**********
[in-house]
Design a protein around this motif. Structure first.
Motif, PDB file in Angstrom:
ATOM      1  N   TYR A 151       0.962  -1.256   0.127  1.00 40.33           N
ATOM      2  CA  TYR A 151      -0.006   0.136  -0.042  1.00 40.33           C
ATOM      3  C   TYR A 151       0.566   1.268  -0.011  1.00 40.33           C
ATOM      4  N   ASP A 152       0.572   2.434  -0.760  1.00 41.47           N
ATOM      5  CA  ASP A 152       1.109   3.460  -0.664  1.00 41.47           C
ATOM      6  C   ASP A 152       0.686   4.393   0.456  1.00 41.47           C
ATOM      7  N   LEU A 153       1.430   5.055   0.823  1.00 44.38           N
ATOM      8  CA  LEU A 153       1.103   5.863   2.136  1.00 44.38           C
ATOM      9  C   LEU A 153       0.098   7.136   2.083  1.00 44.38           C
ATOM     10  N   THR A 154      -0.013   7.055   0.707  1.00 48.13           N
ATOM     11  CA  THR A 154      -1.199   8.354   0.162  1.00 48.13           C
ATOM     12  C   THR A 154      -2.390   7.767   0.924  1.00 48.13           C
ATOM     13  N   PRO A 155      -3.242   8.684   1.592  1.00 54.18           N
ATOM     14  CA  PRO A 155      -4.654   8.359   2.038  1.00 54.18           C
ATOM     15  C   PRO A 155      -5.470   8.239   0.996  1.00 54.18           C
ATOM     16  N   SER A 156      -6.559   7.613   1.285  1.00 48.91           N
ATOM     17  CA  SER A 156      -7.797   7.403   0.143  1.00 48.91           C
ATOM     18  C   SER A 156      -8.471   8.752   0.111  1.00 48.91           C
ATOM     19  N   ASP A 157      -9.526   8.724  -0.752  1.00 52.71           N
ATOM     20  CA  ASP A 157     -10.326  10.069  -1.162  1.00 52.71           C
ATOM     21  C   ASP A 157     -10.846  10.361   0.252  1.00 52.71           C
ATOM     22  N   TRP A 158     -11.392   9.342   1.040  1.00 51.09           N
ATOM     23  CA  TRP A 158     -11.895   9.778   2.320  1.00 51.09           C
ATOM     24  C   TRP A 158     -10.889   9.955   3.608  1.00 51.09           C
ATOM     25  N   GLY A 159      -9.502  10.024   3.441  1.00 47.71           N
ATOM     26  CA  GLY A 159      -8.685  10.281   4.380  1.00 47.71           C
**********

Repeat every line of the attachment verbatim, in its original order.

[in-house]
Design a protein around this motif. Structure first.
Motif, PDB file in Angstrom:
ATOM      1  N   TYR A 151       0.962  -1.256   0.127  1.00 40.33           N
ATOM      2  CA  TYR A 151      -0.006   0.136  -0.042  1.00 40.33           C
ATOM      3  C   TYR A 151       0.566   1.268  -0.011  1.00 40.33           C
ATOM      4  N   ASP A 152       0.572   2.434  -0.760  1.00 41.47           N
ATOM      5  CA  ASP A 152       1.109   3.460  -0.664  1.00 41.47           C
ATOM      6  C   ASP A 152       0.686   4.393   0.456  1.00 41.47           C
ATOM      7  N   LEU A 153       1.430   5.055   0.823  1.00 44.38           N
ATOM      8  CA  LEU A 153       1.103   5.863   2.136  1.00 44.38           C
ATOM      9  C   LEU A 153       0.098   7.136   2.083  1.00 44.38           C
ATOM     10  N   THR A 154      -0.013   7.055   0.707  1.00 48.13           N
ATOM     11  CA  THR A 154      -1.199   8.354   0.162  1.00 48.13           C
ATOM     12  C   THR A 154      -2.390   7.767   0.924  1.00 48.13           C
ATOM     13  N   PRO A 155      -3.242   8.684   1.592  1.00 54.18           N
ATOM     14  CA  PRO A 155      -4.654   8.359   2.038  1.00 54.18           C
ATOM     15  C   PRO A 155      -5.470   8.239   0.996  1.00 54.18           C
ATOM     16  N   SER A 156      -6.559   7.613   1.285  1.00 48.91           N
ATOM     17  CA  SER A 156      -7.797   7.403   0.143  1.00 48.91           C
ATOM     18  C   SER A 156      -8.471   8.752   0.111  1.00 48.91           C
ATOM     19  N   ASP A 157      -9.526   8.724  -0.752  1.00 52.71           N
ATOM     20  CA  ASP A 157     -10.326  10.069  -1.162  1.00 52.71           C
ATOM     21  C   ASP A 157     -10.846  10.361   0.252  1.00 52.71           C
ATOM     22  N   TRP A 158     -11.392   9.342   1.040  1.00 51.09           N
ATOM     23  CA  TRP A 158     -11.895   9.778   2.320  1.00 51.09           C
ATOM     24  C   TRP A 158     -10.889   9.955   3.608  1.00 51.09           C
ATOM     25  N   GLY A 159      -9.502  10.024   3.441  1.00 47.71           N
ATOM     26  CA  GLY A 159      -8.685  10.281   4.380  1.00 47.71           C